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Lecture 10

INST 352 Lecture 10: INST352 Lecture 10: Helping a PatientExam

Information Studies
Course Code
INST 352

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INST352 Lecture 10: Helping a Patient
Although our usual focus in information behavior research is the individual, it is important to
recognize that much information seeking takes place in groups, and that sharing of information with
others is very common. In this scenario, we consider the many exchanges that might take place
among members of a health care team in a hospital. Because the information seeking plays out over
several days and involves many individuals, it is possible only to sketch out some of the dozens of
actions and interactions that are likely to occur. Also for simplicity’s sake, we will consider only a
single patient, while recognizing that a team would certainly be caring for multiple patients at any
one time, each at different stages of crisis or healing. To further condense the description, we focus
on only four key team members: physician (Dan), day nurse (Marta), night nurse (Gary), pharmacist
The story begins without the team, in the emergency entrance to a rural hospital, where a 22-year-
old male has been brought in by an ambulance shortly after midnight. The man was in a car accident
and is semi-conscious but shows no injuries other than contusions. Unfortunately, the man carries
no identification and the car was registered in a female name in another state. Thus, he must be
admitted without access to a medical history.
The patient is first examined by a nurse, and then by an attending physician. Both of these
administer the Glasgow Coma Scale (GCS), a 15-point neurological measurement of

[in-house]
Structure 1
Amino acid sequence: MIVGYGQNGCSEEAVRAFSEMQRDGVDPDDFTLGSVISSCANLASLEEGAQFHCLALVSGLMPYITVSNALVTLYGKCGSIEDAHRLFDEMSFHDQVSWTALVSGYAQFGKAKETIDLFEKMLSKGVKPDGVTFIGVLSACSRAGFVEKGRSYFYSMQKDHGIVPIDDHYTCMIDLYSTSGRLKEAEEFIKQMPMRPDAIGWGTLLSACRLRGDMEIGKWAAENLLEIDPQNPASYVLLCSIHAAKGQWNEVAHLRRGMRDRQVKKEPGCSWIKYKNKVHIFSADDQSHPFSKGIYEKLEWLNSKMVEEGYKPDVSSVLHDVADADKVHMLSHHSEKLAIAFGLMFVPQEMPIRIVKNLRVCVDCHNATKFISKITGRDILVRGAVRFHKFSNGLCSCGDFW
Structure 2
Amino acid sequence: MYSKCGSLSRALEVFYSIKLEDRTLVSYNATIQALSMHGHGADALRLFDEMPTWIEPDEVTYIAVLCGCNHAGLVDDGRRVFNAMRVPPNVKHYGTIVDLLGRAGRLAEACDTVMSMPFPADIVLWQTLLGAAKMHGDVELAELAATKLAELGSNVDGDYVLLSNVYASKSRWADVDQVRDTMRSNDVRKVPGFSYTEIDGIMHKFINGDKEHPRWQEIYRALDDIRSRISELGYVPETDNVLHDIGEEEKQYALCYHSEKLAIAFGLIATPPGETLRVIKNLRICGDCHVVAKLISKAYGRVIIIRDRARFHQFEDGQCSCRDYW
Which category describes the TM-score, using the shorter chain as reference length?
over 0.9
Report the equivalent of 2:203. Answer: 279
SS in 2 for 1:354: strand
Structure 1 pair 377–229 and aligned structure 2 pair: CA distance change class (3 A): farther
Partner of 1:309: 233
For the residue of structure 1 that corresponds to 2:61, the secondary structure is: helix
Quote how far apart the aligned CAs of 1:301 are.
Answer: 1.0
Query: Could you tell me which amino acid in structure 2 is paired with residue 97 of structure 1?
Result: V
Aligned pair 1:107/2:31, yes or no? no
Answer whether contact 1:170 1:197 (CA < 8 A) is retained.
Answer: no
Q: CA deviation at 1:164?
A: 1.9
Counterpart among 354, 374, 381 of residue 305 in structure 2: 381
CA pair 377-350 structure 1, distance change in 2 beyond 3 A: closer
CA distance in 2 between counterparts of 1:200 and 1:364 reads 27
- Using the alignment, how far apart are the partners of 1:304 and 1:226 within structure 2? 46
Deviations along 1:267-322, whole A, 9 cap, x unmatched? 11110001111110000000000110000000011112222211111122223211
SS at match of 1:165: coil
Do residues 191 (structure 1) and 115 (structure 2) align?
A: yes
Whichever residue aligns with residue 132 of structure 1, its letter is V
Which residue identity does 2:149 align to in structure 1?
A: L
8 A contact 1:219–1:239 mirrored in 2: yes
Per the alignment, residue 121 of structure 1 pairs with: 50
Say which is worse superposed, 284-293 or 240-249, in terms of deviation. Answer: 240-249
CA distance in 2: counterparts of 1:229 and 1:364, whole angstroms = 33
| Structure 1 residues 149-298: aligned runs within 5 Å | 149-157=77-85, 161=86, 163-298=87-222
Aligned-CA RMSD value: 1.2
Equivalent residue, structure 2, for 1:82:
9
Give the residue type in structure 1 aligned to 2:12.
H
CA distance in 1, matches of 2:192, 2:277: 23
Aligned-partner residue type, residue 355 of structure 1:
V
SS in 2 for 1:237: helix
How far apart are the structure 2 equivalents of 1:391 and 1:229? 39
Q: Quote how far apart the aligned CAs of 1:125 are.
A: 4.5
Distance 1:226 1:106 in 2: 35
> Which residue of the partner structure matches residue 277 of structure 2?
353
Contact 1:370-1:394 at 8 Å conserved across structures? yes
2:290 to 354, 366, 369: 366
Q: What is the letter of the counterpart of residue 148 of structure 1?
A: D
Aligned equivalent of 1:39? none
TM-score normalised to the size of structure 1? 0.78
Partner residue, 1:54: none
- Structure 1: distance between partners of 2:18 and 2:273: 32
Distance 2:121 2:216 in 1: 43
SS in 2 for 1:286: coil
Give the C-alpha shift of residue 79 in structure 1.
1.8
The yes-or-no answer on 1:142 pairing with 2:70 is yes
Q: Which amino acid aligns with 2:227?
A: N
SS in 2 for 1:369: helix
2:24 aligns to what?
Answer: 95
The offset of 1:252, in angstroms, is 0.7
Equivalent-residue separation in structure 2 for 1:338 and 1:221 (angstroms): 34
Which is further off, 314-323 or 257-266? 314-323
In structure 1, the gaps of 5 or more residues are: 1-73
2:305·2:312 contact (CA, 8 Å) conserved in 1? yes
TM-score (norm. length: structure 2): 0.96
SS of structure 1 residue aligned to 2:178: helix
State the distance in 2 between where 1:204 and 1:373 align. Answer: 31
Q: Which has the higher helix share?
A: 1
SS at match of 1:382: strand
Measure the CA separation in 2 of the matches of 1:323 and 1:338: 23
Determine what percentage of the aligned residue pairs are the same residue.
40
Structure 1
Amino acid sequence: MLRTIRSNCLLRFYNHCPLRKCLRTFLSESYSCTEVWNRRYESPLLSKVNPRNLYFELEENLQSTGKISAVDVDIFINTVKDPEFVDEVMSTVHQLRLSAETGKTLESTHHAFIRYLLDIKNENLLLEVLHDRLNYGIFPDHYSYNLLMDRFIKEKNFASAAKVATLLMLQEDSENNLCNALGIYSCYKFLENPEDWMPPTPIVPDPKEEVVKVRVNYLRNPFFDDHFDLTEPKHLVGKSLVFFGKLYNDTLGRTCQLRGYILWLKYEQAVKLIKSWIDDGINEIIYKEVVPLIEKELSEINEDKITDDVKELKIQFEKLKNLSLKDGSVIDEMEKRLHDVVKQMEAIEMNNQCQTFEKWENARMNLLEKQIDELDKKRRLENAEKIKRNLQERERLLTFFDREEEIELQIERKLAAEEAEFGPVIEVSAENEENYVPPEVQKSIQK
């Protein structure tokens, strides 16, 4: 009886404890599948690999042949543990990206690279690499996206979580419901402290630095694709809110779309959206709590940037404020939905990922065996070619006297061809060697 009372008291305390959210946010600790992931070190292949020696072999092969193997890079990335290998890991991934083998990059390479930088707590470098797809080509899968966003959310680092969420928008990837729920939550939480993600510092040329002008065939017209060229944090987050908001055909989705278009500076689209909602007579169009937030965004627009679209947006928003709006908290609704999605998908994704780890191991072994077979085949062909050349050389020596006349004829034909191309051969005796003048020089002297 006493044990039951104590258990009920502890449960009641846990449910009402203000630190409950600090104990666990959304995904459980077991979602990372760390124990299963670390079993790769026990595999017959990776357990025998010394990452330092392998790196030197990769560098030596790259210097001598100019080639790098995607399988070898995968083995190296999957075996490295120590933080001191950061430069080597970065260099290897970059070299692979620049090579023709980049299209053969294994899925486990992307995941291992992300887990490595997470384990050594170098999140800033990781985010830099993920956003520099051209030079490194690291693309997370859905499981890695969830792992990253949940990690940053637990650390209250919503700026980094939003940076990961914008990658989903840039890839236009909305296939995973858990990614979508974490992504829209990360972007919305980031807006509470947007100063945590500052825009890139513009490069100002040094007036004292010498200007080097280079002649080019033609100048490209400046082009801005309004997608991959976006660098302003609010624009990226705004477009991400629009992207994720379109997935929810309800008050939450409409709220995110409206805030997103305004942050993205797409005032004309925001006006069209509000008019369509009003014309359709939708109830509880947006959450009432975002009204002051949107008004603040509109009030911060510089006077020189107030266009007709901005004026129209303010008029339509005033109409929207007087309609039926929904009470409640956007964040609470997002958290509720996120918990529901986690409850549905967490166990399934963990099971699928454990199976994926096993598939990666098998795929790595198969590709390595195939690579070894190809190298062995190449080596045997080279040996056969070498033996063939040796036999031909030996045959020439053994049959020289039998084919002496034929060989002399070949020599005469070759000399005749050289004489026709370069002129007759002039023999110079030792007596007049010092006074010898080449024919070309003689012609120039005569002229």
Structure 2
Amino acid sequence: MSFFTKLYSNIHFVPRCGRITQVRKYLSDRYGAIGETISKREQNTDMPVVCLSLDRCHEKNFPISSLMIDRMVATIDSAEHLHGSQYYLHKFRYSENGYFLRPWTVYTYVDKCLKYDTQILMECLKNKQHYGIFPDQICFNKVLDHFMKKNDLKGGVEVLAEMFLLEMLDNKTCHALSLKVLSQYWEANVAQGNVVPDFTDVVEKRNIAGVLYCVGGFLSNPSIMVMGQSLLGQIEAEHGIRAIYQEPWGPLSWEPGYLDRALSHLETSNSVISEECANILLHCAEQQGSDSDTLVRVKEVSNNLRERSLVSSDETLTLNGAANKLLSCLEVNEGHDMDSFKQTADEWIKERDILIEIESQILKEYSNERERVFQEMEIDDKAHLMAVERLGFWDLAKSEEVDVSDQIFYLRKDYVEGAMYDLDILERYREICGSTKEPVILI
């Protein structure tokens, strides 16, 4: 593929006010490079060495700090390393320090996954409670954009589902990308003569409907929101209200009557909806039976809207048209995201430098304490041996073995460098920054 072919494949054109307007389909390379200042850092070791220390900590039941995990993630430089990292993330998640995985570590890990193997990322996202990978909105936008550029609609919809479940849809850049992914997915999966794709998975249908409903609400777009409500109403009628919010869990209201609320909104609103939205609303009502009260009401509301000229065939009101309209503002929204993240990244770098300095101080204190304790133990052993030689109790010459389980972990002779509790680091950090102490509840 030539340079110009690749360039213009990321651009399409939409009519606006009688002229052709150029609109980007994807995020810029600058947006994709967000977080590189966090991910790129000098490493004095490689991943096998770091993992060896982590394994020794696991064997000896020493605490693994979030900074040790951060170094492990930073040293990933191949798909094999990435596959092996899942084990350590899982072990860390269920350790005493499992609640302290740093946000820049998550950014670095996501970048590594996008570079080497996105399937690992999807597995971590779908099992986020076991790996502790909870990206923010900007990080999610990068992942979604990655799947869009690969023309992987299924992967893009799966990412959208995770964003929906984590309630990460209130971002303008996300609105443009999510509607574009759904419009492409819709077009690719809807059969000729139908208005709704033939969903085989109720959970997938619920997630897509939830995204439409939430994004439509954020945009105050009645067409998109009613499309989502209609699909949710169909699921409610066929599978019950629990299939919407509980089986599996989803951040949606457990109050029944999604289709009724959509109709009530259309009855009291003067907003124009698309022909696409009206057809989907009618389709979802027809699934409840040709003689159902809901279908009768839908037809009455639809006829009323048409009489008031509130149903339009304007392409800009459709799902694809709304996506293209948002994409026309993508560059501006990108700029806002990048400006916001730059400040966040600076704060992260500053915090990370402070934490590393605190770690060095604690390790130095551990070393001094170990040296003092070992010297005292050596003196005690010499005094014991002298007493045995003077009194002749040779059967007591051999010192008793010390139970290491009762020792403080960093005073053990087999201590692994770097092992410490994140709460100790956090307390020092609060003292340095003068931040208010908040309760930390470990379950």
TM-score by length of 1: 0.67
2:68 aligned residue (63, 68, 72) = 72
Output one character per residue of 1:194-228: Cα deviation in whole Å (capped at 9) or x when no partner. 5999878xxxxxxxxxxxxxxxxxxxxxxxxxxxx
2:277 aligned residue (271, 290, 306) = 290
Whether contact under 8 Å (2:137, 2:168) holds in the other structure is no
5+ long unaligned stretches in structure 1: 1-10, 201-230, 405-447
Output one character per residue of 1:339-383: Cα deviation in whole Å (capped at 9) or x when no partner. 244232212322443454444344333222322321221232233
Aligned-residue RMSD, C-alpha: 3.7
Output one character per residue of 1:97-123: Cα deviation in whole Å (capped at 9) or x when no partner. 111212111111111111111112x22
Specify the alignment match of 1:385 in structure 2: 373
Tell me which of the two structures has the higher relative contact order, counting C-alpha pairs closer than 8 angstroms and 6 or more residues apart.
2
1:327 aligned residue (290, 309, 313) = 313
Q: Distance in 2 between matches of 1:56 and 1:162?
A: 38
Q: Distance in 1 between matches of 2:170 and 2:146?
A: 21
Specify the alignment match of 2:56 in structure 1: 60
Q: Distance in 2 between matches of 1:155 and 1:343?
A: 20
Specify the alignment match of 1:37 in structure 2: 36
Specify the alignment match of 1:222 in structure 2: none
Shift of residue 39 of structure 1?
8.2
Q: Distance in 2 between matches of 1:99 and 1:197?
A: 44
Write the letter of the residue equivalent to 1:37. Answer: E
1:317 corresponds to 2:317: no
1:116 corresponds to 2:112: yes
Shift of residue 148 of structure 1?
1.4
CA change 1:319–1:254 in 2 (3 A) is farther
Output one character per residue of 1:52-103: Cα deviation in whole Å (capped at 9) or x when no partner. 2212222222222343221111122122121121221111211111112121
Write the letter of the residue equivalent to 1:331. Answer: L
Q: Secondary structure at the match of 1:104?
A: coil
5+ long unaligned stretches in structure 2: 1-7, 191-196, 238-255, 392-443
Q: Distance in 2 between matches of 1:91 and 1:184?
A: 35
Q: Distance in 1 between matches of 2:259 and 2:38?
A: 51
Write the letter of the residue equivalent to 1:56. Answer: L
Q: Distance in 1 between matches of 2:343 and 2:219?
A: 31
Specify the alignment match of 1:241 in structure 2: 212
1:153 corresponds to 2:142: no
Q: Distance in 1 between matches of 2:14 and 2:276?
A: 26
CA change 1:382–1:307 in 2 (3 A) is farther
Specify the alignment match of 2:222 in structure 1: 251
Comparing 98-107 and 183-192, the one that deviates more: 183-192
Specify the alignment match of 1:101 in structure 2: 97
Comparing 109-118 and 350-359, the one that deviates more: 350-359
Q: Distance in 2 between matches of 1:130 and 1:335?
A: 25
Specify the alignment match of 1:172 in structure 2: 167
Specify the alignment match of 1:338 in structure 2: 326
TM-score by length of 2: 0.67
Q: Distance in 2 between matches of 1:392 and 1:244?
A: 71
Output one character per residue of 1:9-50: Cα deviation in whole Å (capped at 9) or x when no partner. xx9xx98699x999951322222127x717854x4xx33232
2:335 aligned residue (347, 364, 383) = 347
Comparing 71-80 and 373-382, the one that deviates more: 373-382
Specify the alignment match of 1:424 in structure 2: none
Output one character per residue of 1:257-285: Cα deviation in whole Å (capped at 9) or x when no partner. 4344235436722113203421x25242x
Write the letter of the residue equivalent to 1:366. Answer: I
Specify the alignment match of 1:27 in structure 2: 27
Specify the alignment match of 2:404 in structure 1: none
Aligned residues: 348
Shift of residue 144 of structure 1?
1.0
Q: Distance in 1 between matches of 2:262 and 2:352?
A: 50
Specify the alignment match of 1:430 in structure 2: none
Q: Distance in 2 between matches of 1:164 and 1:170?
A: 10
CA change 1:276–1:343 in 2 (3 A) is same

consciousness. A score of eight is recorded each time, which could indicate severe brain injury.
Then he is taken for a CT scan of the head and upper body, and a blood test for presence of alcohol
and drugs. Afterward, the patient is taken to the intensive care unit (ICU). Here the night nurse,
Gary, supervises the movement of the patient to one of the ICUs 15 beds. The patient is soon fitted
with an IV to deliver fluids and medications, and devices to monitor blood pressure, heart rate, and
oxygen levels of the blood. His temperature is taken, and he is given periodic ice packs to reduce
swelling. Gary also gives the patient the coma test again, consulting a flashcard” he keeps for this
purpose, as he has trouble recalling the individual indicators. He records a score of 10 on the chart
using the conventional breakdown for the Eye, Verbal, and Motor components of the scale: GCS 10
= E2 V4 M4 at 01:17. The patient is given no medications at this point, as they might interfere with
indicators for the scale.
The patients hospital room contains a number of potential sources of information, the ultimate origin
of which, in some cases, is the patient himself. Among these sources are: the monitors attached to
the patient (including blood pressure, heart rate, and oxygen level of blood); the CT scan results,
viewable at a nearby workstation; electronic and paper versions of the patient records, including
orders for medications administered; and, a bedside white board for nurses to record any facts that
need to be called to the immediate attention of anyone who enters. On this board, Gary has noted
the latest coma scale score and the words Patient Name Unknown. In a nearby alcove outside the
room is a nursing station, where a number of medical reference works (e.g., the AACN Procedure
Manual for Critical Care, Quick Reference to Critical Care , and Micromedex ) are available online,
along with medical databases like MedLine, PubMed , and Drug Interaction Checker .
The fact that the patients name is not yet known is a serious problem, as nothing is understood
about medical problems that might have predated the accident. This situation is resolved early in the
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